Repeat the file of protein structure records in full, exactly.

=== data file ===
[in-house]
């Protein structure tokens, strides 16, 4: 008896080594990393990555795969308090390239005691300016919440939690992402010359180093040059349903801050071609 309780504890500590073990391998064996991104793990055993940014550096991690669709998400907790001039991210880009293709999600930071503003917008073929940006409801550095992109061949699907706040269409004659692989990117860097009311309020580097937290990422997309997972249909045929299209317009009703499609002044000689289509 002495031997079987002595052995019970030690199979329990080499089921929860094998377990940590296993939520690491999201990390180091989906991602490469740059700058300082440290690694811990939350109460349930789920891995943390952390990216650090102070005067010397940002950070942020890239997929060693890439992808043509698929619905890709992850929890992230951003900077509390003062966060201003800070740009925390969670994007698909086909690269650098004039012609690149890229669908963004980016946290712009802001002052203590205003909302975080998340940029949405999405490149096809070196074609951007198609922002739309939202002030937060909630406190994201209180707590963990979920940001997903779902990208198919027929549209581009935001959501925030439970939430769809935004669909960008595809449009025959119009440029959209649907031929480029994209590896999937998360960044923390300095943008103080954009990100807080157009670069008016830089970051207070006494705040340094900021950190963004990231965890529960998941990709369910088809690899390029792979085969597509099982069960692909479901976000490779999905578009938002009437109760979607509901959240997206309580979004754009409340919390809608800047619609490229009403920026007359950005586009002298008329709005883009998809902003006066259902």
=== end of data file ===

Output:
[in-house]
């Protein structure tokens, strides 16, 4: 008896080594990393990555795969308090390239005691300016919440939690992402010359180093040059349903801050071609 309780504890500590073990391998064996991104793990055993940014550096991690669709998400907790001039991210880009293709999600930071503003917008073929940006409801550095992109061949699907706040269409004659692989990117860097009311309020580097937290990422997309997972249909045929299209317009009703499609002044000689289509 002495031997079987002595052995019970030690199979329990080499089921929860094998377990940590296993939520690491999201990390180091989906991602490469740059700058300082440290690694811990939350109460349930789920891995943390952390990216650090102070005067010397940002950070942020890239997929060693890439992808043509698929619905890709992850929890992230951003900077509390003062966060201003800070740009925390969670994007698909086909690269650098004039012609690149890229669908963004980016946290712009802001002052203590205003909302975080998340940029949405999405490149096809070196074609951007198609922002739309939202002030937060909630406190994201209180707590963990979920940001997903779902990208198919027929549209581009935001959501925030439970939430769809935004669909960008595809449009025959119009440029959209649907031929480029994209590896999937998360960044923390300095943008103080954009990100807080157009670069008016830089970051207070006494705040340094900021950190963004990231965890529960998941990709369910088809690899390029792979085969597509099982069960692909479901976000490779999905578009938002009437109760979607509901959240997206309580979004754009409340919390809608800047619609490229009403920026007359950005586009002298008329709005883009998809902003006066259902």